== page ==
Griffy Lake Nature Preserve closed this weekend for CHAP Deer Hunts

BLOOMINGTON- Griffy Lake Nature Preserve will be closed to the public on November 20 and 21, and November 27 and 28 during the Community Hunting Access Program (CHAP) deer hunts taking place those weekends.

The nature preserve will be closed to the public on these weekends, beginning at 11 p.m. on the Friday before the hunt through 5 a.m. the Monday after the hunt. 

Only hunters who have applied, and who have been selected through a skill proficiency test, will participate in the deer hunt at Griffy Lake. Hunters were selected for this fall’s hunt by White Buffalo, Inc., the contractor hired by the Department to administer the CHAP hunt. Griffy Lake Nature Preserve is not open to hunting outside the scheduled CHAP hunt weekends, or to any hunter who was not selected to participate.

The City of Bloomington Parks and Recreation Department was awarded a CHAP grant from the Indiana Department of Natural Resources to offset the cost of holding the deer hunts.

The hunts are intended to protect biodiversity at Griffy Lake Nature Preserve by removing enough deer to reduce browse pressure on seedling trees and native understory plants, allowing the populations of these plants to recover and reproduce. 

The need to reduce the deer population was established by the Joint City of Bloomington-Monroe County Deer Task Force in their 2012 report “Common Ground: Toward Balance and Stewardship.”  In addition, vegetation studies conducted at the Griffy Lake Nature Preserve over the past six years by the Bloomington Parks and Recreation Department’s natural resources management staff indicate a high level of deer browse pressure on native plant species. Vegetation monitoring results over the next several years will guide future deer management efforts.

The Parks and Recreation Department in September received a CHAP grant from the Indiana DNR Division of Fish & Wildlife to contract with White Buffalo, Inc. to administer this year’s hunt. White Buffalo, Inc. is a leading expert in population control of white-tailed deer in urban areas, and was selected to run the CHAP hunts at Griffy Lake Nature Preserve based on their familiarity with Midwestern forest ecosystems, their comprehensive understanding of the ecology of white-tailed deer, and their excellent safety record.

The Department contracted with White Buffalo for the first time in 2014 to conduct a sharpshoot to remove deer from the nature preserve, but the sharpshoot did not take place.  A sharpshoot conducted by White Buffalo, Inc. in late 2017 removed 62 deer from the property. A CHAP hunt scheduled for November 2018, also administered by White Buffalo, Inc., did not take place after the hunt failed to draw the minimum number of hunters to apply to participate. Another CHAP hunt held in November/December 2019 removed 26 deer from Griffy Lake Nature Preserve. A CHAP hunt conducted in November 2020 removed 40 deer from the preserve.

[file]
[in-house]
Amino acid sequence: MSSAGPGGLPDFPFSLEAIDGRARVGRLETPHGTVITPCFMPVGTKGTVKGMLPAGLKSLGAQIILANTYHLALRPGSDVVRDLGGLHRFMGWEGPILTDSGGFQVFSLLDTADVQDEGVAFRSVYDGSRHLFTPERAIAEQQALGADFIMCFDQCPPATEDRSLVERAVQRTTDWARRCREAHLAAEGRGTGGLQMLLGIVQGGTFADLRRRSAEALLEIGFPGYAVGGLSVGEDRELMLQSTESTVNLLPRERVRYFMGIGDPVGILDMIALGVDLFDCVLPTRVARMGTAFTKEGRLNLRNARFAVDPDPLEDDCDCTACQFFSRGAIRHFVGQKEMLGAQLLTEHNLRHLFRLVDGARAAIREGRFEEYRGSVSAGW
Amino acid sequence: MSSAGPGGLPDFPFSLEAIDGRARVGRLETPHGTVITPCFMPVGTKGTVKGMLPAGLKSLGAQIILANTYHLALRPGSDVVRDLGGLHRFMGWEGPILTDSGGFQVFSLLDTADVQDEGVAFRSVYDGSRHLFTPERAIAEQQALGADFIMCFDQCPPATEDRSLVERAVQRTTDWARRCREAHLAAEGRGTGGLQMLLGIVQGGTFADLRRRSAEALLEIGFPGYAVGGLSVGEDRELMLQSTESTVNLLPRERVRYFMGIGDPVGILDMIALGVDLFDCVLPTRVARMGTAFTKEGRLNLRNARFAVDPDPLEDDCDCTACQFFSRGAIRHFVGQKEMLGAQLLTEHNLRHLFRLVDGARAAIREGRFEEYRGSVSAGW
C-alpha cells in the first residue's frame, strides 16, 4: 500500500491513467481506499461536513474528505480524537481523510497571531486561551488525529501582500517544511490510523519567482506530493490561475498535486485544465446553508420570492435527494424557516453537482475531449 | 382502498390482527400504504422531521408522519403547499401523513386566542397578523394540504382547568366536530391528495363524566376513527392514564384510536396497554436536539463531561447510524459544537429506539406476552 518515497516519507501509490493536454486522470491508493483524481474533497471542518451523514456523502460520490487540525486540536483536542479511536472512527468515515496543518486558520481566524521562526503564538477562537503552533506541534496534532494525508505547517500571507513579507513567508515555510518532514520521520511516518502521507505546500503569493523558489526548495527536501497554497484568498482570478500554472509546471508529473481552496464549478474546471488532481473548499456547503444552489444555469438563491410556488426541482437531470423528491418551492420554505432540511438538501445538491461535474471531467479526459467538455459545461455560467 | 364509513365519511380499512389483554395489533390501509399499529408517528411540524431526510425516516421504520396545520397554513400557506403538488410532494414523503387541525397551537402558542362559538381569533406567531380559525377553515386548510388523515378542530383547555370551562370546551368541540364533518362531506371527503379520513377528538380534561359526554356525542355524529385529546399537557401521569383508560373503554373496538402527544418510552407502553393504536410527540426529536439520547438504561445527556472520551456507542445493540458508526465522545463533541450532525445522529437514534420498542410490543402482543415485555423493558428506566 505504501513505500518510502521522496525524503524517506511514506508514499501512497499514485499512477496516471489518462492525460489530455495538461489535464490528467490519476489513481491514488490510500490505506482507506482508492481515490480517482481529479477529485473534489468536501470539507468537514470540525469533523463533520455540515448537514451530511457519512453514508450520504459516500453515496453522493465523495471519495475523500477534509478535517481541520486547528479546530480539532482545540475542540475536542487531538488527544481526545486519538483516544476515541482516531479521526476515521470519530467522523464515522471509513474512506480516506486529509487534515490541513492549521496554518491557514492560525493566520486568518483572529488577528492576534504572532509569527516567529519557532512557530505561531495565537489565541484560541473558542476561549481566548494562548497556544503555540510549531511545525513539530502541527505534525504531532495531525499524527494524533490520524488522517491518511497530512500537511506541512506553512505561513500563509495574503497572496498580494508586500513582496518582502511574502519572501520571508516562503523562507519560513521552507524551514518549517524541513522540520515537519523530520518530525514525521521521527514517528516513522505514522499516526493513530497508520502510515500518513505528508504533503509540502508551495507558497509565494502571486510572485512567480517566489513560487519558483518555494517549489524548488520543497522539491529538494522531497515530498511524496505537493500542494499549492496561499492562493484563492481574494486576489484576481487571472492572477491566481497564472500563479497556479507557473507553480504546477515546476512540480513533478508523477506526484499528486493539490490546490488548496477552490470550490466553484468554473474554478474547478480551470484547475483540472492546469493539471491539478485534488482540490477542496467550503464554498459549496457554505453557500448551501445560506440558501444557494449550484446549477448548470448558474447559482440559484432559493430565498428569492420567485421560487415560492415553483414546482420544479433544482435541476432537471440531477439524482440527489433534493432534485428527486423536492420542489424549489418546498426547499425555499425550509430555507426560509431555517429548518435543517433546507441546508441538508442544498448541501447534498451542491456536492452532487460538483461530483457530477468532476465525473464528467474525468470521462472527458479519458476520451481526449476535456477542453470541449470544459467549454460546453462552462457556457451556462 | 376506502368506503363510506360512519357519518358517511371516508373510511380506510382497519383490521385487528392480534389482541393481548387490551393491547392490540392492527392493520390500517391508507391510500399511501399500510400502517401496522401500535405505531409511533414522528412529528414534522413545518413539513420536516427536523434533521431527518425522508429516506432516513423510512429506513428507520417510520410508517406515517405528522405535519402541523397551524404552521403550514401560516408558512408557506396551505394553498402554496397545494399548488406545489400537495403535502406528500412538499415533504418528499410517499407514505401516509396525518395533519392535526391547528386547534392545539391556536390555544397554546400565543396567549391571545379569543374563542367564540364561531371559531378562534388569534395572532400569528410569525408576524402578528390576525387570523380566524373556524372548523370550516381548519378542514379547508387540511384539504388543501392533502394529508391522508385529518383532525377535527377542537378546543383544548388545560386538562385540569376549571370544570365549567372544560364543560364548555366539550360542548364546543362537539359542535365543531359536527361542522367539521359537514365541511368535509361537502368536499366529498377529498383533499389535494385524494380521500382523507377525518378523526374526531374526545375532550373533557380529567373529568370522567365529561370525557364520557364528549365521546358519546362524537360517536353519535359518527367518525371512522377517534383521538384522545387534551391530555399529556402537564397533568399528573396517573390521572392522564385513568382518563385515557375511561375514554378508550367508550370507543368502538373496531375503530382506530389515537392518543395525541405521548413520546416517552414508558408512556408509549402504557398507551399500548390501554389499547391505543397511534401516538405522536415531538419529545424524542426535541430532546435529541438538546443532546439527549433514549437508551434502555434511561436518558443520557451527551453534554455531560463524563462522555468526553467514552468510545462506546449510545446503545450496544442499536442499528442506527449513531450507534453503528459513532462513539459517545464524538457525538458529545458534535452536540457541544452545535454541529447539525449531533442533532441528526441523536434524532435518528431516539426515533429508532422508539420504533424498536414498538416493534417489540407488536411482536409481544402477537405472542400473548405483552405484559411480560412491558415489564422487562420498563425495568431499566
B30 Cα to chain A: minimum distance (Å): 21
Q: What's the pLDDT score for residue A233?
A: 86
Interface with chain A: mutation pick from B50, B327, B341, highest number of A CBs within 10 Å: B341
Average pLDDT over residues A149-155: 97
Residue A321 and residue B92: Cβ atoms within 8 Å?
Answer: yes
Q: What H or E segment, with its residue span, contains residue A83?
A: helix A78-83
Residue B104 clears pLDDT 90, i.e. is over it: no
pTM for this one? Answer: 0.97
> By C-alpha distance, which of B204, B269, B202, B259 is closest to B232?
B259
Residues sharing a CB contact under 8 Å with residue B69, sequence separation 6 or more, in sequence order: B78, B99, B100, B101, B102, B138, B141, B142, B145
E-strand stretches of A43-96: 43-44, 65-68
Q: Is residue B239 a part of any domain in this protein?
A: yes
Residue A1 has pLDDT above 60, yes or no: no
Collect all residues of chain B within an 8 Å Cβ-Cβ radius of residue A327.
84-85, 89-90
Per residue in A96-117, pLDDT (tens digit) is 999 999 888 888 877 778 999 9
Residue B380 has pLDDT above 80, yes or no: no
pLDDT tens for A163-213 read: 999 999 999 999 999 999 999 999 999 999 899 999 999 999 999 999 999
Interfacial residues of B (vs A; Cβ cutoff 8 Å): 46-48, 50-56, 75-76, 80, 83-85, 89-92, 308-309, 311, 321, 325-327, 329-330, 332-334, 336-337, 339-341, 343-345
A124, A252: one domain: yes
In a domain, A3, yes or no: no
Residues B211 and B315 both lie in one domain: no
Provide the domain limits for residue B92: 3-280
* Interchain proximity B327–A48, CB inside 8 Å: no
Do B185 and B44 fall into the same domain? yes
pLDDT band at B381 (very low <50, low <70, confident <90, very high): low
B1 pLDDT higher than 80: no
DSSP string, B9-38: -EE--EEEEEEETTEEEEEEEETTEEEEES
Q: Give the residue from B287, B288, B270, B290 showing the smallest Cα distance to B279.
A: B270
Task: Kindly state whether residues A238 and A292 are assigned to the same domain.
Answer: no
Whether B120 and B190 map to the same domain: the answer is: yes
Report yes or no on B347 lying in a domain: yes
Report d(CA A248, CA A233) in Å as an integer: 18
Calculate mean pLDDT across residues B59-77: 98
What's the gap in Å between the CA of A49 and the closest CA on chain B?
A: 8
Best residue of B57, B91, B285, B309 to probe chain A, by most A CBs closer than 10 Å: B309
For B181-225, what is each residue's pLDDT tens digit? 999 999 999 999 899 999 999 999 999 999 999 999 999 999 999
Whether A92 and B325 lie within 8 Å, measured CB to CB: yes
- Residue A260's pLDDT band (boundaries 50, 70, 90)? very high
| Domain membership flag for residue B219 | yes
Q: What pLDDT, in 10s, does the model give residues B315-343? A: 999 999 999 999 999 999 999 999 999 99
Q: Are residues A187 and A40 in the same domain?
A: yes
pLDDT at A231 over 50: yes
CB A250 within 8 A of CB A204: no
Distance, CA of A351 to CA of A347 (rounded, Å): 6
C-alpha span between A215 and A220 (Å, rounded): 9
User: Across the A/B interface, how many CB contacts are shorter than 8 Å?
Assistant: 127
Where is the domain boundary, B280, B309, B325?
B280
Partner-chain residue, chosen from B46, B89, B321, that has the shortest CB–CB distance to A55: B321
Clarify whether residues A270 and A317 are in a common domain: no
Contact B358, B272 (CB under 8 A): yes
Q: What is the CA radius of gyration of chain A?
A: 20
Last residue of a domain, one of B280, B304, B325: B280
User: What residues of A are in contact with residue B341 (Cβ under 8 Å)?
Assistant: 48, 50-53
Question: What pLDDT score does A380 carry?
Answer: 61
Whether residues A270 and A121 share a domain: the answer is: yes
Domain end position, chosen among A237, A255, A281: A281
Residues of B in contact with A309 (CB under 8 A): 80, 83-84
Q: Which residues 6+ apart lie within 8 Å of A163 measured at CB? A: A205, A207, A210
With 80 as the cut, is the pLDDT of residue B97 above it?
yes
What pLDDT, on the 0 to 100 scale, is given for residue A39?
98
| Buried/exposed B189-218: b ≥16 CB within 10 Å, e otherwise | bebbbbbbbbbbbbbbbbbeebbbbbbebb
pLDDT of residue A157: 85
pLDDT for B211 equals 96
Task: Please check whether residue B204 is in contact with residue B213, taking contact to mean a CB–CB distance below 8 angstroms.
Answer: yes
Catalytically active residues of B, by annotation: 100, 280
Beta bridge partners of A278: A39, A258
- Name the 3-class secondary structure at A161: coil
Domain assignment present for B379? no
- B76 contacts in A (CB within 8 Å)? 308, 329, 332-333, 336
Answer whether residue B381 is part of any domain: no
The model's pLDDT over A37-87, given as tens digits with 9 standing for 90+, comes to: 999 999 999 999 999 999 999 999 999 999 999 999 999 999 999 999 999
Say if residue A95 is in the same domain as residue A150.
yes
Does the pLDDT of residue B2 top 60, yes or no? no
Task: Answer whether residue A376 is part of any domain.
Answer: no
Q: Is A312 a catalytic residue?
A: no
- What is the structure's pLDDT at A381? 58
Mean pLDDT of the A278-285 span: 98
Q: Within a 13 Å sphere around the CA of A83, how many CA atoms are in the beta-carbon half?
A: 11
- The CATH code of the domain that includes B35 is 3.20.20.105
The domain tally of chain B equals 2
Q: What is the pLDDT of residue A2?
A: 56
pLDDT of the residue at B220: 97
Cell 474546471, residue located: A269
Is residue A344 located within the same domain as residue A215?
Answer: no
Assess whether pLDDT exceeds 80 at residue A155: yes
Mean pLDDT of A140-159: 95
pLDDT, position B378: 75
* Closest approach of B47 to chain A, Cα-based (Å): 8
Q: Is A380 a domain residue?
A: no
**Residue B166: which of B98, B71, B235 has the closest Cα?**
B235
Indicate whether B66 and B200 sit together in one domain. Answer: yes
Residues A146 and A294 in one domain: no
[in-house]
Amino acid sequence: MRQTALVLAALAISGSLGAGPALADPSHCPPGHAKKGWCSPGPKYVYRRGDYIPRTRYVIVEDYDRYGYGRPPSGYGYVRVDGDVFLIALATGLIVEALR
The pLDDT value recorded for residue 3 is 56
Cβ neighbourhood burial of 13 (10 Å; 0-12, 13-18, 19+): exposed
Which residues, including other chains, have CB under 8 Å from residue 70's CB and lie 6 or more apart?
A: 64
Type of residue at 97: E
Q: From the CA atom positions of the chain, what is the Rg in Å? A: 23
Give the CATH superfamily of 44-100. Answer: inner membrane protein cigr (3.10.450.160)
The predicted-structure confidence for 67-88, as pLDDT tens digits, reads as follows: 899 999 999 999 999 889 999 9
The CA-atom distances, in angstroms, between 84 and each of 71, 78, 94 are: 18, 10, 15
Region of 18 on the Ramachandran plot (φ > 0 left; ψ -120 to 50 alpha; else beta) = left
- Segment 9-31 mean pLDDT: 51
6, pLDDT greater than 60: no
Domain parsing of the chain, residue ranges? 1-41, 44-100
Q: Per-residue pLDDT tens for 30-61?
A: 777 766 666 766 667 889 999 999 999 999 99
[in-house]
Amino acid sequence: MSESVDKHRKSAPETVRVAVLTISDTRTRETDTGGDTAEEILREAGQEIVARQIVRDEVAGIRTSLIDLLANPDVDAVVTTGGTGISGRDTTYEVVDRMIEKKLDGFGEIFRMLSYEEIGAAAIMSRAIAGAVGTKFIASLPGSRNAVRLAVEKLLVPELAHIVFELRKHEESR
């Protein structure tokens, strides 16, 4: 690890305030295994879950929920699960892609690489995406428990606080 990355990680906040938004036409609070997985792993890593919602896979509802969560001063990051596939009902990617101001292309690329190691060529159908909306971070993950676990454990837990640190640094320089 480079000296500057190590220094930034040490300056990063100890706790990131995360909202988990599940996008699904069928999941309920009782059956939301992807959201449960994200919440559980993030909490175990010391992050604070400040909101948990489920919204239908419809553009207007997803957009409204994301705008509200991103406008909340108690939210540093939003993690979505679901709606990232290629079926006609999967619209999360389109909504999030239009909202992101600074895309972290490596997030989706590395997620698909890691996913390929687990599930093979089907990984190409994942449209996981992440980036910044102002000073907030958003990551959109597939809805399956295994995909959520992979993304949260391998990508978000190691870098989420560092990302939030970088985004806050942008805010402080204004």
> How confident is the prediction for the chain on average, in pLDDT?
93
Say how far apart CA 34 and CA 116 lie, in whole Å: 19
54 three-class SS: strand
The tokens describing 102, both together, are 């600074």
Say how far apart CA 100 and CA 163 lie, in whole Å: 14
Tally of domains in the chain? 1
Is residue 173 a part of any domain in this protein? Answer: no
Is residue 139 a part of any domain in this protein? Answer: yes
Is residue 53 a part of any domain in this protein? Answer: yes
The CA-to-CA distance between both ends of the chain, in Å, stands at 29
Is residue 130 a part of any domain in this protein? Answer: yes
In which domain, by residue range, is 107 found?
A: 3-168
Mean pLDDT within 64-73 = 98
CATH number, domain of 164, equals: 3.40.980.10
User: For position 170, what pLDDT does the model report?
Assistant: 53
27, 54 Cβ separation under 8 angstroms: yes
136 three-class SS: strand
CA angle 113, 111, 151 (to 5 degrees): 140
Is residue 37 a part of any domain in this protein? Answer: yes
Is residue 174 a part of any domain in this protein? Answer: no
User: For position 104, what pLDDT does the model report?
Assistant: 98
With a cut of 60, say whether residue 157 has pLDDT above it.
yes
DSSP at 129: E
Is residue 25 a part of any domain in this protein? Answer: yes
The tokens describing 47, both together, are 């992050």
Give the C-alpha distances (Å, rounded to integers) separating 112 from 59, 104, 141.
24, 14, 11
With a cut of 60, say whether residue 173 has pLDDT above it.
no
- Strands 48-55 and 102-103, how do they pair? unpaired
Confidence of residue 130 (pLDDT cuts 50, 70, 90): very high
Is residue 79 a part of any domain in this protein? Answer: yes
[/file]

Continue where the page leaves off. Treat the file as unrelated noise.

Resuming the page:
White Buffalo, Inc. vetted, trained, and will supervise the hunters who successfully passed the proficiency screenings required to participate in this year’s CHAP hunt. All hunters are assigned to specific hunting zones within the nature preserve and must hunt from tree stands that are at least 12′ high. 

Griffy Lake Nature Preserve is designated as a deer reduction zone (DRZ) by the Indiana Department of Natural Resources. Under DRZ regulations, each hunter is permitted to take up to one antlered and up to nine antlerless deer within the DRZ. Additional information about DMZs can be found online at

Eco Logic, LLC conducted a study of woody and herbaceous deer browse at Griffy Lake Nature Preserve from 2018 through 2020.  According to Eco Logic’s report, the overall height of tree saplings measured increased each year, especially between 2018 and 2019, and between 2018 and 2020. According to the report presented to the Board of Park Commissioners on October 22, 2019, deer selectively browse certain favored plants, including oak seedlings, keeping them from growing, or growing large enough to reproduce.  Oak trees are an important native species in the area, whose maintenance is essential to a healthy and diverse ecosystem. 

For more information about Griffy Lake Nature Preserve or the CHAP deer hunts, contact Steve Cotter, Bloomington Parks and Recreation Natural Resources Manager, at or 812-349-3736.